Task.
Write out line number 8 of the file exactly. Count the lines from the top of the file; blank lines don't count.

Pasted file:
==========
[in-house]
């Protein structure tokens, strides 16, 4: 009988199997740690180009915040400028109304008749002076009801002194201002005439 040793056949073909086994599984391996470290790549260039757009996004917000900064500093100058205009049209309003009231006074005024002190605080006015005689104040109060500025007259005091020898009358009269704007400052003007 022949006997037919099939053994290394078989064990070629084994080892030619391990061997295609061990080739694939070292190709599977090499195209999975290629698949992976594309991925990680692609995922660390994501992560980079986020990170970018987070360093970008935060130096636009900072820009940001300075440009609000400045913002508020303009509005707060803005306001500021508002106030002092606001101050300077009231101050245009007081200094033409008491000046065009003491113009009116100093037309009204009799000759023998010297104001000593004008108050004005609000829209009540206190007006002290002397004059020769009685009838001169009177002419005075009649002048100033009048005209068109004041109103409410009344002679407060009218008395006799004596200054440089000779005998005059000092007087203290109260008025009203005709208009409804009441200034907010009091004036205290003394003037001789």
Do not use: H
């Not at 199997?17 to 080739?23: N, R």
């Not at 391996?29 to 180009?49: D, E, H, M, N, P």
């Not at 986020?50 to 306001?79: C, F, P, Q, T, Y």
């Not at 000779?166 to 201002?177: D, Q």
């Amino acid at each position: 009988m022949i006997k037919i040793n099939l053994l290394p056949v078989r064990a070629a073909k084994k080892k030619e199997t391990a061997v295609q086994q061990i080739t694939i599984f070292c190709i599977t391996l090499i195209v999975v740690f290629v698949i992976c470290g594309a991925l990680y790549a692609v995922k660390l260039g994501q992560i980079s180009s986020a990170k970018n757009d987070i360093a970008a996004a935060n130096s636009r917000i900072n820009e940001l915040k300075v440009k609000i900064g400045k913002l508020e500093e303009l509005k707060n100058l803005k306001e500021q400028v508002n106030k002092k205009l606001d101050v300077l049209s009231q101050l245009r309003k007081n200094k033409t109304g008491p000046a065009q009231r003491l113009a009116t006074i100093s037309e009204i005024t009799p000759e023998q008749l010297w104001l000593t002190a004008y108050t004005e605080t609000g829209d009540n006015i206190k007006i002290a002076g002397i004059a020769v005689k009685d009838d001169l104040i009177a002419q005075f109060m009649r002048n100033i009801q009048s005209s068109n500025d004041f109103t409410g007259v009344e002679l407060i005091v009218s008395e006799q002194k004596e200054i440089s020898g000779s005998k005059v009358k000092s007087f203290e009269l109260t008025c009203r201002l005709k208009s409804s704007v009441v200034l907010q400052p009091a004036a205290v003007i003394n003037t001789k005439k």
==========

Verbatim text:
């Amino acid at each position: 009988m022949i006997k037919i040793n099939l053994l290394p056949v078989r064990a070629a073909k084994k080892k030619e199997t391990a061997v295609q086994q061990i080739t694939i599984f070292c190709i599977t391996l090499i195209v999975v740690f290629v698949i992976c470290g594309a991925l990680y790549a692609v995922k660390l260039g994501q992560i980079s180009s986020a990170k970018n757009d987070i360093a970008a996004a935060n130096s636009r917000i900072n820009e940001l915040k300075v440009k609000i900064g400045k913002l508020e500093e303009l509005k707060n100058l803005k306001e500021q400028v508002n106030k002092k205009l606001d101050v300077l049209s009231q101050l245009r309003k007081n200094k033409t109304g008491p000046a065009q009231r003491l113009a009116t006074i100093s037309e009204i005024t009799p000759e023998q008749l010297w104001l000593t002190a004008y108050t004005e605080t609000g829209d009540n006015i206190k007006i002290a002076g002397i004059a020769v005689k009685d009838d001169l104040i009177a002419q005075f109060m009649r002048n100033i009801q009048s005209s068109n500025d004041f109103t409410g007259v009344e002679l407060i005091v009218s008395e006799q002194k004596e200054i440089s020898g000779s005998k005059v009358k000092s007087f203290e009269l109260t008025c009203r201002l005709k208009s409804s704007v009441v200034l907010q400052p009091a004036a205290v003007i003394n003037t001789k005439k």